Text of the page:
As women, we are used to saying "Yes." Our culture demands that of polite civilized women. If one of our family members needs help we say, "Yes." If a friend needs help, we say "I’ll be right there." I can get behind that. It's the "Yes" that comes from a martyr habit or the need to control a situation, rather than a real desire to help, that disturbs me.
These are the BS answers that leave us feeling drained. This is the “Yes” that could, and should, be a compassionate "No," if we believed in the value of our time. Saying "Yes" to something that feels like an obligation is actually saying "No" to something that is infinitely more valuable—time for yourself. Here's what I'm talking about:
I say "No" to Facebook surfing and “Yes” to a walk with the dog or a date with the latest Kate Atkinson novel.
I say “No” to the after-work social and “Yes” to chatting with my kids on the phone.
How do you say “No”? First write down your to-do list for today (use my free ENERGY WORTHY TO-DO list with a twist CLICK ON THE PDF LINK BELOW). Then pare it down using the following criteria:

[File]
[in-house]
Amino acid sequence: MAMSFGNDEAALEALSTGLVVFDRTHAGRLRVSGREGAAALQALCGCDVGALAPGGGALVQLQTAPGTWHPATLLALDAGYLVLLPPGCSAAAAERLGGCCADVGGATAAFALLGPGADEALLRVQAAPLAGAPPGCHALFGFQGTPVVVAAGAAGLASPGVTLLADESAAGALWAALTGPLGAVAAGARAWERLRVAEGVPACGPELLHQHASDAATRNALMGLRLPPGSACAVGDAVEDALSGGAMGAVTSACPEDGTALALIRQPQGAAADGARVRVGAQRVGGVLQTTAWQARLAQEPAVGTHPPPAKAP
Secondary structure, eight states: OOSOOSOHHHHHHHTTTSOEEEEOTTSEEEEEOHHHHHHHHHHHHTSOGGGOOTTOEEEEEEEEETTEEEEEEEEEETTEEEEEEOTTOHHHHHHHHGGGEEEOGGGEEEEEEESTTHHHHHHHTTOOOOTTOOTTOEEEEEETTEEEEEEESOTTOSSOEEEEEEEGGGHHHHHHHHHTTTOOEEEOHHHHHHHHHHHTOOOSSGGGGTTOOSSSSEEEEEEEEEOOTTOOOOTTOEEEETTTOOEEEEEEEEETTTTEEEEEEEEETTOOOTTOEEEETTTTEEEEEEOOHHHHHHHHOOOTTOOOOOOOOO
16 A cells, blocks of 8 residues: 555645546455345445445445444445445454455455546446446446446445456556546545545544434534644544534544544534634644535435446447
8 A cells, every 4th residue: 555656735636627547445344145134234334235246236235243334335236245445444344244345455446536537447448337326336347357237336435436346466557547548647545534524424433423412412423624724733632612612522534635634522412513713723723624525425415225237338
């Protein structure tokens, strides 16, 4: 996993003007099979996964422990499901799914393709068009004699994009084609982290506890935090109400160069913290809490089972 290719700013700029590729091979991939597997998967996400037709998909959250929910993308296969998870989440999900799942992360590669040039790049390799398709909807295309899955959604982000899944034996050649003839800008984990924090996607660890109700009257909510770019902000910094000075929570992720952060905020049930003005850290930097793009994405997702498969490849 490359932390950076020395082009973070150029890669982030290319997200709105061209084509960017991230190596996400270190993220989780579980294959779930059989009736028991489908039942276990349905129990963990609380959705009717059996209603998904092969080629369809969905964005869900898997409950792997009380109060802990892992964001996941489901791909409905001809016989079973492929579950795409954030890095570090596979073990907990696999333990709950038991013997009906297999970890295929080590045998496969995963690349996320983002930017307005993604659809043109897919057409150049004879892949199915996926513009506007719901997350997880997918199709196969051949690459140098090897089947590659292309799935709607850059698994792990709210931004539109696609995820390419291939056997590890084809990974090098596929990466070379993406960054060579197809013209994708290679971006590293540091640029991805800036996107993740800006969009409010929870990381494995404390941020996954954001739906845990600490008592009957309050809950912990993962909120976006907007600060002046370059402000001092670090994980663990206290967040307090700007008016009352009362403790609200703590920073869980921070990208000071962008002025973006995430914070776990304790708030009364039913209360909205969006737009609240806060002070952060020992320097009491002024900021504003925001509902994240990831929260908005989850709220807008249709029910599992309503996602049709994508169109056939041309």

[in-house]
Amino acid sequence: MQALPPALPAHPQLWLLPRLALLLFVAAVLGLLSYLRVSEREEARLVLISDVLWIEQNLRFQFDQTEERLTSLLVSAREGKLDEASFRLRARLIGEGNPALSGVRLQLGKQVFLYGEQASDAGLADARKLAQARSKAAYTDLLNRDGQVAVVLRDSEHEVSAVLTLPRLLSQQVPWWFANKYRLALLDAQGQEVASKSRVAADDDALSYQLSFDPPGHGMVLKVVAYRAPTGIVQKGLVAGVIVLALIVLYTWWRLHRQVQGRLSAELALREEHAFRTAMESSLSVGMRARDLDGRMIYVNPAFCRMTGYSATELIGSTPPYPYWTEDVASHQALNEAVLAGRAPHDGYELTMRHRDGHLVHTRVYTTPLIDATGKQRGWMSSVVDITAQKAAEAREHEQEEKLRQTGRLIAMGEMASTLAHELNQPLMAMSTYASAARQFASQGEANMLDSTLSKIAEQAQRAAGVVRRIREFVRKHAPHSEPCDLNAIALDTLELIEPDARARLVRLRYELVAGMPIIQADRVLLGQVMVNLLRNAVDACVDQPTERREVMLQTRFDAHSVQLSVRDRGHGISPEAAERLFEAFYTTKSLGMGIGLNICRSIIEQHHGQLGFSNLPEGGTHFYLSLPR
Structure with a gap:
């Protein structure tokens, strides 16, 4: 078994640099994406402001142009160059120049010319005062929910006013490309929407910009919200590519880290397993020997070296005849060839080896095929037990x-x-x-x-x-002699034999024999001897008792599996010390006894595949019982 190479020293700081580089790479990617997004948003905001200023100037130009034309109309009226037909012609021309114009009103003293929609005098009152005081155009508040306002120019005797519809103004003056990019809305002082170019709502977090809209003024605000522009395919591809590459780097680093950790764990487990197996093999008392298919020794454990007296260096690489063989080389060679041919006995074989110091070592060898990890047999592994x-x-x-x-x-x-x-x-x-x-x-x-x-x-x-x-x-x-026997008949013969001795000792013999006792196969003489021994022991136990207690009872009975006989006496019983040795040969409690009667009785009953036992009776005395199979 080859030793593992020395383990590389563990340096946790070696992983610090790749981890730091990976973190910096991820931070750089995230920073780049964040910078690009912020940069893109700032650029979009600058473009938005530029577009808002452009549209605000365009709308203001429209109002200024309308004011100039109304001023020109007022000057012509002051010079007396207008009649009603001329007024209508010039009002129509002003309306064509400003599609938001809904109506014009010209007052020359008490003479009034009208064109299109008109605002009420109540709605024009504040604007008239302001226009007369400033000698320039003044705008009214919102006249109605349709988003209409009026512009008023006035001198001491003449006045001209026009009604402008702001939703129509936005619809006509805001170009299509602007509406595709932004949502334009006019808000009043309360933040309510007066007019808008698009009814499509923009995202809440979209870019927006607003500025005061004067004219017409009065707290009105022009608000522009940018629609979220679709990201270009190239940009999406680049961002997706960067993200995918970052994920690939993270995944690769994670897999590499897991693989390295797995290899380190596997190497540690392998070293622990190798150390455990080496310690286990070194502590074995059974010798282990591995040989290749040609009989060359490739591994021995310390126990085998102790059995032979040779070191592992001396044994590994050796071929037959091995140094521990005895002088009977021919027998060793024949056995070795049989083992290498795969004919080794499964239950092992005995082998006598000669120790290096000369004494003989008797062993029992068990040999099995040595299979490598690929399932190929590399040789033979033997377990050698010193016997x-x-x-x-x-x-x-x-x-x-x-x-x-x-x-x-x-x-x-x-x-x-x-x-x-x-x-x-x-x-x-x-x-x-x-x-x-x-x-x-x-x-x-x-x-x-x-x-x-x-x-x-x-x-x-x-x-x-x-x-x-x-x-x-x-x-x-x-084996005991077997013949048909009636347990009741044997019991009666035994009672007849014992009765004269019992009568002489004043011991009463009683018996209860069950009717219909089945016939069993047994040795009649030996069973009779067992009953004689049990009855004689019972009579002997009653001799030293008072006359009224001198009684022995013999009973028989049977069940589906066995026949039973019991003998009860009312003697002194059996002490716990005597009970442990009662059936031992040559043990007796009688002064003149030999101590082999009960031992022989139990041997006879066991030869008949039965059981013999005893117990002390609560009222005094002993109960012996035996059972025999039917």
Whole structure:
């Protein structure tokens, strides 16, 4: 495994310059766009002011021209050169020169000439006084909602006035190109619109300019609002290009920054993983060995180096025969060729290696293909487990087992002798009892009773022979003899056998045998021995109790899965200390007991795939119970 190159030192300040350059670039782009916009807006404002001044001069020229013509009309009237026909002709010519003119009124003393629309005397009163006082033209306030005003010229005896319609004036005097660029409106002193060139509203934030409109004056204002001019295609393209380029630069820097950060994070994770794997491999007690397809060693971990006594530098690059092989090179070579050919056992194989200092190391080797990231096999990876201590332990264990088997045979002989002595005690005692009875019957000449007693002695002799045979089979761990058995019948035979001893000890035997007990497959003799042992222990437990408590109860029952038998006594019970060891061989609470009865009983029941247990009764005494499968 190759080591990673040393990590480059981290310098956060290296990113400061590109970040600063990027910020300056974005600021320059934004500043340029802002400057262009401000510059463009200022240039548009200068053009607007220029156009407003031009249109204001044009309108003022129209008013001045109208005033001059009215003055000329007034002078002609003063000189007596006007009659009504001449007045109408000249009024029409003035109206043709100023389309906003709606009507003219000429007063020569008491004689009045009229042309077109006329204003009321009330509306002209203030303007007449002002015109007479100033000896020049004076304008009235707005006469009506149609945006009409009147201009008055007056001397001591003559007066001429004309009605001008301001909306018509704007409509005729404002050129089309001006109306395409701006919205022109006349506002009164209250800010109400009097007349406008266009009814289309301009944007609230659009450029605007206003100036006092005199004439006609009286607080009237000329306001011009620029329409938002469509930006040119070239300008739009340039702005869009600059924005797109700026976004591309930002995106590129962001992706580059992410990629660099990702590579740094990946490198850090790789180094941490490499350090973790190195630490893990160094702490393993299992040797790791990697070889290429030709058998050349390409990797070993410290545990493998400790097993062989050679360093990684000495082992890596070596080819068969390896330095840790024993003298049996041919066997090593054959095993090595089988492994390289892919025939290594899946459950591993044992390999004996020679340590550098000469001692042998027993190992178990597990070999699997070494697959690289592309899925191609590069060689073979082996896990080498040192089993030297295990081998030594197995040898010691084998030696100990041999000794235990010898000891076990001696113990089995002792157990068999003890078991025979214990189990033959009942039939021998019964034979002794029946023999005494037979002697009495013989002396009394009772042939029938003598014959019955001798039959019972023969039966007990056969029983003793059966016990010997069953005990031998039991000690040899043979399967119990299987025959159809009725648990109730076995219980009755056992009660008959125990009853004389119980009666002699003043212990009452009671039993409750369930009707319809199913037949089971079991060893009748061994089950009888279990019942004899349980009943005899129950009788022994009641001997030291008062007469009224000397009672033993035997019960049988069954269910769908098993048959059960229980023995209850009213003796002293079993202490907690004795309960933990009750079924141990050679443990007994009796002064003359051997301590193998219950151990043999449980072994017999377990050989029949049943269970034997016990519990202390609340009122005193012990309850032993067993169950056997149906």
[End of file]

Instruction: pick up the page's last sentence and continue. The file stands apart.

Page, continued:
1. Does it absolutely need to be done today to move your life toward your goals? If “Yes,” look at your available time and just do it already!
2. If “Not really,” then put it on tomorrow’s list. If you’ve already said “Yes,” when you should have said “No,” call the person to whom you’re obligated and say, "I know I said I would do_____ today, but it no longer fits into my schedule; I'm so sorry. I wanted to give you the opportunity to ask someone else if you really need it done today.”
You will be amazed by how often this is all you need to say. If they are the inflexible sort, they will argue. Just listen and repeat the above sentence, either verbatim or with a twist, keeping the meaning the same. This will take some time, so start right now.
Say “No” to meaningless tasks and “Yes” to freedom.
If you need some support, send an S.O.S. to firstname.lastname@example.org or bend my ear at the front desk.